Sunday, 11 September 2016

Der Bunker (2015) - Horror Film Review


Der Bunker is a very strange award winning German black comedy that takes place entirely in a small bunker with a cast of just four people, directed by Nikias Chryssos. I didn't really know what to class this as, as it certainly isn't horror, but it has a sense of unease and peril throughout that contrasts with the ridiculous nature of the piece.

Pit Bukowski stars as Student who has travelled to a remote house built inside a bunker deep in a forest. He hopes for peace and quiet so he can work on a groundbreaking new scientific formula but soon finds himself caught up in the goings on of the place as he is pressured in to teaching Klaus (Daniel Fripan) by his parents; Father (David Scheller) and Mother (Oona von Maydell).


Things start off as they mean to go on, Der Bunker is very much a character piece based around the interactions of the four actors. Fripan has the job of acting as the couples 8 year old son, a feat made more difficult as the actor is actually in his early 30's. This plays into the whole mystique of the plot, Student pokes fun at it by at one point telling Klaus he looks quite old for an 8 year old, it seems he really is a fully grown man forced into the role by parents who don't wish to see him leave home. Bukowski has a more difficult role in that he plays an outsider whose role is more of an observer of the strange world he finds himself in. He gets a decent character arc regardless as he becomes indoctrinated to the way things work. Scheller as Father is very weird, kind of coming across like a more friendly Basil Fawlty (from British sitcom Fawlty Towers), while von Maydell has the most enigmatic role as Mother. All four actors are strong in their positions, each as good as each other in their own ways.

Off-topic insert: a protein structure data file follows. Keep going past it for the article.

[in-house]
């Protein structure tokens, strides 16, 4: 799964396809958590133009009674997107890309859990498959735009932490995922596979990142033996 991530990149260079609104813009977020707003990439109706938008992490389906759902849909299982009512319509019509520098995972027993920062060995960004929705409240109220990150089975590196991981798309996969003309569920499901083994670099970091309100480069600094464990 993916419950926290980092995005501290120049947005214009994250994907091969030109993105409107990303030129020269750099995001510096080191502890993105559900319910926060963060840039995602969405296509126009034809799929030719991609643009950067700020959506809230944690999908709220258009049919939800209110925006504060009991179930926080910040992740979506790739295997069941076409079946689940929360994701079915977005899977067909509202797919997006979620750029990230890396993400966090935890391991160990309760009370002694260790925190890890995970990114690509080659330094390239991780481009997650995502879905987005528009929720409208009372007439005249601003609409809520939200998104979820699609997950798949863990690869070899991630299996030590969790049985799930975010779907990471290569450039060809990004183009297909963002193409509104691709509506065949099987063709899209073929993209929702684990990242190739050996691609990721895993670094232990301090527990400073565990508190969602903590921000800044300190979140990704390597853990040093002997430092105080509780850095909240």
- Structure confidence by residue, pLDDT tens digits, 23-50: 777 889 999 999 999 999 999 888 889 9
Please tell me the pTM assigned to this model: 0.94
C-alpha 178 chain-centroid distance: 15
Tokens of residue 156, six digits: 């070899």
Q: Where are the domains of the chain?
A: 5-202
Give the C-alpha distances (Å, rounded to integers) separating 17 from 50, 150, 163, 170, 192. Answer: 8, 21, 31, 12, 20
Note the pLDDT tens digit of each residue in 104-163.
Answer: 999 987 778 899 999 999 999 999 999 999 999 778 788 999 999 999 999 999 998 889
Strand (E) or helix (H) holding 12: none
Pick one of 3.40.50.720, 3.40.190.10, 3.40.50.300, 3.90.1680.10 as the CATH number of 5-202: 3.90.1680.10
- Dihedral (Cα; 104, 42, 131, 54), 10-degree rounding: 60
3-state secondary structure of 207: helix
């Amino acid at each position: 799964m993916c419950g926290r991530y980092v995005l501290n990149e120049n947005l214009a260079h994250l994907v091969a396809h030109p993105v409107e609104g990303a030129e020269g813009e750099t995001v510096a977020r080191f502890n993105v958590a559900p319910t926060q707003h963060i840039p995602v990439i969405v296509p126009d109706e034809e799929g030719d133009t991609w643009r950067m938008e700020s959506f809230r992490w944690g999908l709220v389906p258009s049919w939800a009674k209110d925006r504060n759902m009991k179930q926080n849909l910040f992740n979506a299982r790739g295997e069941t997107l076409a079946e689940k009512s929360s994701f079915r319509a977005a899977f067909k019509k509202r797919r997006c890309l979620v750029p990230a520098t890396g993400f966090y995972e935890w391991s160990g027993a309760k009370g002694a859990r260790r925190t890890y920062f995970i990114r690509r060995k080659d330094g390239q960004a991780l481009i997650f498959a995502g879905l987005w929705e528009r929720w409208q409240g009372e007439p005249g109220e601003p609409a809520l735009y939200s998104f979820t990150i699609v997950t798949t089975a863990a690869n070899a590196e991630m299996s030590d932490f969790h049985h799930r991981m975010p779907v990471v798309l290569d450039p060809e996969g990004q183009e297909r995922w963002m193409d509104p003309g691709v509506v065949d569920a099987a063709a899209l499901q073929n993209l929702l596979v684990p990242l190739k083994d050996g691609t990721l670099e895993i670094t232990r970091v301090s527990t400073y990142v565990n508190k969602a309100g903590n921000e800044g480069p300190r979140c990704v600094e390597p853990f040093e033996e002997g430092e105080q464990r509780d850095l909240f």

I had feeling as the credits rolled that a lot of what Der Bunker was trying to impart was lost on me, there are layers to the events and the dialogue spoken that made me feel I had missed something important. Just how much of this film is pure symbolism and how much it is just meant to be off kilter I do not know. Seems there are messages imparted about the education system, family relations and people growing up. There is some elements of horror and a sub plot revolving around an alien consciousness called Heinrich that has possessed Mother. Set design is functional but the location of a bunker is great in focusing attention on the world of the family with no outside distractions to get in the way. The camera work and editing are both appropriate for the type of scene, no short quick cuts, instead plenty of lingering shots and a few montages thrown in. Lighting was very good, especially in a few scenes where the colour of the lighting changed with no in film explanation.


A short review this time around but there is not much more to say. as a satire on family this is a surreal and charming film that sticks in the mind even if at times things become a bit too symbolic. One to see if your after something very different to the normal. Der Bunker was released on 23rd August on DVD and Blu-ray as well as 90 day exclusive streaming on Vimeo and will be on most VOD outlets come December 6th thanks to Artsploitation Films. Check out the trailer for this below though beware there is some partial nudity.

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